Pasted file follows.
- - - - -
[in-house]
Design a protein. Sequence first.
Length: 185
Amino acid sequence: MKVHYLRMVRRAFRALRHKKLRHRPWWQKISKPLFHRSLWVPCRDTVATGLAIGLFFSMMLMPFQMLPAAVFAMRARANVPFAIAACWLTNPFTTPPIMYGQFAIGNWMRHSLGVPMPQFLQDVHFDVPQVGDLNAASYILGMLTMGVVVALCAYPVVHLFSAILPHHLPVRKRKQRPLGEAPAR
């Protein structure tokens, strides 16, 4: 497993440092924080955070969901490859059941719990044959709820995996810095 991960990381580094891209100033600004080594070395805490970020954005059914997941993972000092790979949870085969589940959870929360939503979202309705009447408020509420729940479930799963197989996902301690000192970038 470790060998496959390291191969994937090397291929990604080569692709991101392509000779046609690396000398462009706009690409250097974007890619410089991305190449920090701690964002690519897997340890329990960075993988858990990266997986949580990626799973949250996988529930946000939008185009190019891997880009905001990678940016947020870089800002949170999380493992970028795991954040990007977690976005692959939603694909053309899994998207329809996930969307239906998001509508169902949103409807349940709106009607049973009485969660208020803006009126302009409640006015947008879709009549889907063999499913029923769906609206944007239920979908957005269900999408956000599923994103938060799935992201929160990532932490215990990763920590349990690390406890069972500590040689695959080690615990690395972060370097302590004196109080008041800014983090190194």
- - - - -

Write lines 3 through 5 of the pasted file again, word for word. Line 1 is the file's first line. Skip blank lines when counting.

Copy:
Length: 185
Amino acid sequence: MKVHYLRMVRRAFRALRHKKLRHRPWWQKISKPLFHRSLWVPCRDTVATGLAIGLFFSMMLMPFQMLPAAVFAMRARANVPFAIAACWLTNPFTTPPIMYGQFAIGNWMRHSLGVPMPQFLQDVHFDVPQVGDLNAASYILGMLTMGVVVALCAYPVVHLFSAILPHHLPVRKRKQRPLGEAPAR
């Protein structure tokens, strides 16, 4: 497993440092924080955070969901490859059941719990044959709820995996810095 991960990381580094891209100033600004080594070395805490970020954005059914997941993972000092790979949870085969589940959870929360939503979202309705009447408020509420729940479930799963197989996902301690000192970038 470790060998496959390291191969994937090397291929990604080569692709991101392509000779046609690396000398462009706009690409250097974007890619410089991305190449920090701690964002690519897997340890329990960075993988858990990266997986949580990626799973949250996988529930946000939008185009190019891997880009905001990678940016947020870089800002949170999380493992970028795991954040990007977690976005692959939603694909053309899994998207329809996930969307239906998001509508169902949103409807349940709106009607049973009485969660208020803006009126302009409640006015947008879709009549889907063999499913029923769906609206944007239920979908957005269900999408956000599923994103938060799935992201929160990532932490215990990763920590349990690390406890069972500590040689695959080690615990690395972060370097302590004196109080008041800014983090190194």